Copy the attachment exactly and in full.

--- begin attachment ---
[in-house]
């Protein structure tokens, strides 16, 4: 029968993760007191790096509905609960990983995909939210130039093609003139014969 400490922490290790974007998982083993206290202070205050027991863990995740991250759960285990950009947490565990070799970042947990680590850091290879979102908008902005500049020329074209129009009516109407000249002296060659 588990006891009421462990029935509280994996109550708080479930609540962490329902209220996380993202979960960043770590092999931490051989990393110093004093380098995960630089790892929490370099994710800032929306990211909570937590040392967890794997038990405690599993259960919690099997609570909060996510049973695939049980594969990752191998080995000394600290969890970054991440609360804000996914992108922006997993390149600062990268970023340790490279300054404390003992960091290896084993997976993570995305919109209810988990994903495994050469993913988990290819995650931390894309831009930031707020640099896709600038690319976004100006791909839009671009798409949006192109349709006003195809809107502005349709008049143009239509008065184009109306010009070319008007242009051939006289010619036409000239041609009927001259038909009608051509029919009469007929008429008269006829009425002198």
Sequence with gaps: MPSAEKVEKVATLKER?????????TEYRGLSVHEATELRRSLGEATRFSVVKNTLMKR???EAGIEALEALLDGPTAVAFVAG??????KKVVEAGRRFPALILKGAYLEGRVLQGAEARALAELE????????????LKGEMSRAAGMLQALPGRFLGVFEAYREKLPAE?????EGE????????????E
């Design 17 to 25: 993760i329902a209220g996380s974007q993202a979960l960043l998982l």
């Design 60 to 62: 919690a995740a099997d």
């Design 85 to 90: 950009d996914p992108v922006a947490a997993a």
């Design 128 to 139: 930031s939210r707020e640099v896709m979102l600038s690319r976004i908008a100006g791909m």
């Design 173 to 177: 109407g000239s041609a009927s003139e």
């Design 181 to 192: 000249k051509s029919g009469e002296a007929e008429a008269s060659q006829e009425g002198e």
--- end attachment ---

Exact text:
[in-house]
């Protein structure tokens, strides 16, 4: 029968993760007191790096509905609960990983995909939210130039093609003139014969 400490922490290790974007998982083993206290202070205050027991863990995740991250759960285990950009947490565990070799970042947990680590850091290879979102908008902005500049020329074209129009009516109407000249002296060659 588990006891009421462990029935509280994996109550708080479930609540962490329902209220996380993202979960960043770590092999931490051989990393110093004093380098995960630089790892929490370099994710800032929306990211909570937590040392967890794997038990405690599993259960919690099997609570909060996510049973695939049980594969990752191998080995000394600290969890970054991440609360804000996914992108922006997993390149600062990268970023340790490279300054404390003992960091290896084993997976993570995305919109209810988990994903495994050469993913988990290819995650931390894309831009930031707020640099896709600038690319976004100006791909839009671009798409949006192109349709006003195809809107502005349709008049143009239509008065184009109306010009070319008007242009051939006289010619036409000239041609009927001259038909009608051509029919009469007929008429008269006829009425002198």
Sequence with gaps: MPSAEKVEKVATLKER?????????TEYRGLSVHEATELRRSLGEATRFSVVKNTLMKR???EAGIEALEALLDGPTAVAFVAG??????KKVVEAGRRFPALILKGAYLEGRVLQGAEARALAELE????????????LKGEMSRAAGMLQALPGRFLGVFEAYREKLPAE?????EGE????????????E
């Design 17 to 25: 993760i329902a209220g996380s974007q993202a979960l960043l998982l």
């Design 60 to 62: 919690a995740a099997d």
């Design 85 to 90: 950009d996914p992108v922006a947490a997993a």
């Design 128 to 139: 930031s939210r707020e640099v896709m979102l600038s690319r976004i908008a100006g791909m």
């Design 173 to 177: 109407g000239s041609a009927s003139e």
């Design 181 to 192: 000249k051509s029919g009469e002296a007929e008429a008269s060659q006829e009425g002198e």